How many of our rainforests are protected around the world?
—Adriano Adamson Paiva, Bahia, Brazil
Determining how much rainforest land is protected worldwide depends on how you define “rainforest.” Researchers at the Worldwatch Institute in Washington, DC have identified three different types of rainforests. There are about 4.2 million square miles of tropical moist forest, of which just eight percent is protected, and 76,000 square miles of tropical mangrove forest, of which only nine percent is protected. And only five percent of the 300,000 square miles of the third type, tropical dry forest, is protected. And many of these forests are protected only on paper; in practice, they may not necessarily be safe from oil drilling, wood harvesting, cattle grazing and myriad other destructive uses.
Scientists and policymakers at the Switzerland-based World Conservation Union (IUCN) estimate that there are 44,000 “protected areas” worldwide, covering over 13 million square kilometers—an area equivalent to the landmass of India and China combined. These areas, which include rainforests but which can also be agricultural lands, national parks, reserves, forested land, marine sanctuaries and more, cover about 10 percent of the Earth’s surface.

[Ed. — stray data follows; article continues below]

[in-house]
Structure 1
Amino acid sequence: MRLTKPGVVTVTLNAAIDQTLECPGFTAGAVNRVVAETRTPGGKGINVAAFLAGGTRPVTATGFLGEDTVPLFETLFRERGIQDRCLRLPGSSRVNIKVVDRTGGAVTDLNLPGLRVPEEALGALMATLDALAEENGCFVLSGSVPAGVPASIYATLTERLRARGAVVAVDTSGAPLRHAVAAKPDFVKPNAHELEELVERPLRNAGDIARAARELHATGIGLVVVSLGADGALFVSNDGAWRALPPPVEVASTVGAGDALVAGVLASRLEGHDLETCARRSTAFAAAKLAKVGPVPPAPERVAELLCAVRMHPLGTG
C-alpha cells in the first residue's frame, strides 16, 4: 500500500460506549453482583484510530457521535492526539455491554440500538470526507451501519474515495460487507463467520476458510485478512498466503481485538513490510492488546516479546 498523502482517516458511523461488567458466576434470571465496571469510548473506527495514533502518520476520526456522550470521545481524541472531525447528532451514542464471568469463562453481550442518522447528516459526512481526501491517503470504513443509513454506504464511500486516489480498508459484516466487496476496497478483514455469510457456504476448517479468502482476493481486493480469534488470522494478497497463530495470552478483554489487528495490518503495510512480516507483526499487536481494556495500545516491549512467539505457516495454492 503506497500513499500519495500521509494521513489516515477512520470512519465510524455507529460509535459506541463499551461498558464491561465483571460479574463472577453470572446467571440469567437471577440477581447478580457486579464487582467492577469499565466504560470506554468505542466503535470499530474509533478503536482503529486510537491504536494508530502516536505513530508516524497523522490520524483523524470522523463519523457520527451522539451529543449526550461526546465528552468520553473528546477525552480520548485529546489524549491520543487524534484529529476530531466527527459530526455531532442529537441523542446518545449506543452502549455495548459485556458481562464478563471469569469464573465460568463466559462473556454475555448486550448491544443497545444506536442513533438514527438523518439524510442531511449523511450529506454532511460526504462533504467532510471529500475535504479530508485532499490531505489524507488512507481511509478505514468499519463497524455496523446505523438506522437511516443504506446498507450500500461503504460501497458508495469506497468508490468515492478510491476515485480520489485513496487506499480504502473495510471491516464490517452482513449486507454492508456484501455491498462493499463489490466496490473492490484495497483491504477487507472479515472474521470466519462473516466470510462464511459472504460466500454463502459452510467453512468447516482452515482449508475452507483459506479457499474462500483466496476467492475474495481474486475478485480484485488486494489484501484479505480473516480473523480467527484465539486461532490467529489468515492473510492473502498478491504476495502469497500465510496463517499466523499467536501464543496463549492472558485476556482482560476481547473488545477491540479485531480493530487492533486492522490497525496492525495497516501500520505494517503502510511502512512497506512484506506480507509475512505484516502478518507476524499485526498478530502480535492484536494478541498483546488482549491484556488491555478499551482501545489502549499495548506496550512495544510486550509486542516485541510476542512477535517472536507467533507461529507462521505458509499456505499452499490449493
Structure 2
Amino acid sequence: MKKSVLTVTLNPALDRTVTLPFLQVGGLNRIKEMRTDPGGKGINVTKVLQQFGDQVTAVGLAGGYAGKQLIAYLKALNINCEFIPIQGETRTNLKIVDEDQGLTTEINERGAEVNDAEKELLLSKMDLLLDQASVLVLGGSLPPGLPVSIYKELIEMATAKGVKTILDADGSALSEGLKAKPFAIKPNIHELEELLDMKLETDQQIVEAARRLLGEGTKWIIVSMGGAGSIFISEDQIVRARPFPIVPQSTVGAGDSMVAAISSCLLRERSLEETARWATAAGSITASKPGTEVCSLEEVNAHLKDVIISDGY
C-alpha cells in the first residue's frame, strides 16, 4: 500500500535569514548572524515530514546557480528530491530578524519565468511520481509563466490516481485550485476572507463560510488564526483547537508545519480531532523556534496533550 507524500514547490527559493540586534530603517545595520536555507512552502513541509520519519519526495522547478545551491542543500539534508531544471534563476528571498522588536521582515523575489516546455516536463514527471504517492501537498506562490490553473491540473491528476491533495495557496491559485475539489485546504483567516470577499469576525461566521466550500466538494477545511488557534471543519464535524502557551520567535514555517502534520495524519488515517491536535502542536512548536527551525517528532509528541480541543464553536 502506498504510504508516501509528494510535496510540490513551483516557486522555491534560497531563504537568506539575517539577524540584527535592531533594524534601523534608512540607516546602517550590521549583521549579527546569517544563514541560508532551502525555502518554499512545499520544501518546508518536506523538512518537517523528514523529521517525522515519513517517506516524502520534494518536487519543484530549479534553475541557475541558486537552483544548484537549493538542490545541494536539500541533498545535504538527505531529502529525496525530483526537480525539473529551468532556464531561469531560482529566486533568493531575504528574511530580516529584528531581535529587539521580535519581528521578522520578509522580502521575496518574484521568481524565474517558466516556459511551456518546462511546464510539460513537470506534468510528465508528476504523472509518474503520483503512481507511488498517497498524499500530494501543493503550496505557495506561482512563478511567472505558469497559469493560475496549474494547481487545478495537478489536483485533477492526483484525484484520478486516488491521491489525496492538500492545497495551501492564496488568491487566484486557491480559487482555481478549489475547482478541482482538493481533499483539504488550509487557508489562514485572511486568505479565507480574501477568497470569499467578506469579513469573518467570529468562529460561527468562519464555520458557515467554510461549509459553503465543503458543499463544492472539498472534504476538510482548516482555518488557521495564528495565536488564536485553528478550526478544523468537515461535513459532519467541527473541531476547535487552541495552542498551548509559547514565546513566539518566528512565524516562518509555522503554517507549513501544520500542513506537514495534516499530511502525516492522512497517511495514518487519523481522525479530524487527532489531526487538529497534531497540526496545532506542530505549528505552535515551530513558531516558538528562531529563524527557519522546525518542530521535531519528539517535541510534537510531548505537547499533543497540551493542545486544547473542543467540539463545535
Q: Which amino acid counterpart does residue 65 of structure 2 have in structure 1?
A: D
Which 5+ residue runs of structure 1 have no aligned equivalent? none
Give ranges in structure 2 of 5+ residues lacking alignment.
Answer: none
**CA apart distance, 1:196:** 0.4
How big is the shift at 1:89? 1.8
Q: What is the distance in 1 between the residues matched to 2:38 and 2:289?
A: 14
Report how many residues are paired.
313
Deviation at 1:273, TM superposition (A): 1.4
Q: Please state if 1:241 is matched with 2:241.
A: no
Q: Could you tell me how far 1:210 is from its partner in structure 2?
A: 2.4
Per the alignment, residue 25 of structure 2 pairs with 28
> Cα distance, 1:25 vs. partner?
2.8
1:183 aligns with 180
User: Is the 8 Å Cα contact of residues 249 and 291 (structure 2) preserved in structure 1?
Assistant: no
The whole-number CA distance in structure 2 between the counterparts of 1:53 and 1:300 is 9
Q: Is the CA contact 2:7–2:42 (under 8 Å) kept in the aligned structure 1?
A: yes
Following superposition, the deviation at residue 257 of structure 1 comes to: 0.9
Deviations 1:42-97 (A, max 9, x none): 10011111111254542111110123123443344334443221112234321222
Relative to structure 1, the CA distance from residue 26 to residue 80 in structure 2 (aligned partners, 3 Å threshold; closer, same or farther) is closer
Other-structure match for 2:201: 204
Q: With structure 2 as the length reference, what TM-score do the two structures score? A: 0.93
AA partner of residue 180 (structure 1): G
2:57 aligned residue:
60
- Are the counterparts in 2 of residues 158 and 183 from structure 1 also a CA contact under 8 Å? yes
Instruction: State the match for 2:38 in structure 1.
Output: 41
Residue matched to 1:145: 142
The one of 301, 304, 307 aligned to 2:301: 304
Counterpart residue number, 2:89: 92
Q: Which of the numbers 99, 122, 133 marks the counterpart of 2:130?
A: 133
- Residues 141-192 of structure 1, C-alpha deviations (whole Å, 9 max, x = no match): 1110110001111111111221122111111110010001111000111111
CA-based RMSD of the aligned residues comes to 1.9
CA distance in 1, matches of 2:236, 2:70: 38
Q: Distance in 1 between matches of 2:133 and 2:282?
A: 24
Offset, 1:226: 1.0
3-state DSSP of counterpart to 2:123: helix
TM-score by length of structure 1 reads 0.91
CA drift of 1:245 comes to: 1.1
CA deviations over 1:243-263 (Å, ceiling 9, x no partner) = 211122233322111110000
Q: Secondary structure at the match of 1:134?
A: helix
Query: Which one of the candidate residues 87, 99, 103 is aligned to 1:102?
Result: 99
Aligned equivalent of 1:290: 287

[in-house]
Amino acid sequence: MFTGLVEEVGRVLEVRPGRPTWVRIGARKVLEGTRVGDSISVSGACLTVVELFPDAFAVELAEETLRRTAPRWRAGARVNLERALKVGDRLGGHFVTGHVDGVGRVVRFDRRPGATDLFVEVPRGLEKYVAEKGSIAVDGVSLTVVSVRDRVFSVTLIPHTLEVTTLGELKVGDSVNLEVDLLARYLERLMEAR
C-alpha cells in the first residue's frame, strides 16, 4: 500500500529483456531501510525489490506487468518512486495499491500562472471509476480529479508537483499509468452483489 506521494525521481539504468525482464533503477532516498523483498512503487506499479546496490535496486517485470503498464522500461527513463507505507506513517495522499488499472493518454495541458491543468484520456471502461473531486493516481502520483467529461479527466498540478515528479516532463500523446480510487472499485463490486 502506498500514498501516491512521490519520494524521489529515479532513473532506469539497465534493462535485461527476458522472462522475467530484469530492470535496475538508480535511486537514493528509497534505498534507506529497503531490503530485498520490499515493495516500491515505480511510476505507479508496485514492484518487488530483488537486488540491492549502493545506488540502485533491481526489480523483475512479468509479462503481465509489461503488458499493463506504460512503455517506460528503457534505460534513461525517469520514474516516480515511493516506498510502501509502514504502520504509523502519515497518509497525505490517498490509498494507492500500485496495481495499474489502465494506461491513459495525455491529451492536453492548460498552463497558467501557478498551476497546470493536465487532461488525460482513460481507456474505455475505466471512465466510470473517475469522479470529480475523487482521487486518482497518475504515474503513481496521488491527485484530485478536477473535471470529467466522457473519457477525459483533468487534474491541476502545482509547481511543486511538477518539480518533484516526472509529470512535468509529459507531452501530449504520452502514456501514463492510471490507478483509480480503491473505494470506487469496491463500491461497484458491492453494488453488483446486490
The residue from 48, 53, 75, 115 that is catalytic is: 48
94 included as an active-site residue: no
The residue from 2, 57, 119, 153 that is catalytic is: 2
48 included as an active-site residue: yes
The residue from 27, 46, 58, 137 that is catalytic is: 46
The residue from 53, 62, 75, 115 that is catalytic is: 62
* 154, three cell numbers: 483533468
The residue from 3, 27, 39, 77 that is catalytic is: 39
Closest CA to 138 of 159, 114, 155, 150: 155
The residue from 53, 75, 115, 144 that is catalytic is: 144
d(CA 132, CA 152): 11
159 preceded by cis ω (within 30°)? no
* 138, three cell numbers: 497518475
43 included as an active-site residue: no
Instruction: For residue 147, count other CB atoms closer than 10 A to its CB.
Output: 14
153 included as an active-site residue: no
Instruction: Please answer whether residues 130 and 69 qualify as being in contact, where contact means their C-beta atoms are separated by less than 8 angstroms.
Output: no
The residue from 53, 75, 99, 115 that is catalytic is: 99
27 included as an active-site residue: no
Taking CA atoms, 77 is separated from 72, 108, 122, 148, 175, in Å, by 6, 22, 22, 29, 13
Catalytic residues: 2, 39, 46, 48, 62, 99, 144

While the IUCN has documented more than 1,388 words or terms used to describe a “protected area,” national park designation remains a common way to secure the future existence of a natural resource like a rainforest. Tumucumaque National Park in the Brazilian Amazon is the world’s largest protected tropical rainforest, covering 24,135 square kilometers.
CONTACTS: The World Conservation Union, +41 (22) 999-0001; www.iucn.org; Worldwatch Institute, (202) 452-1999, www.worldwatch.org; Rainforest Alliance, www.rainforest-alliance.org; Rainforest Action Network, (415) 398-4404, www.ran.org.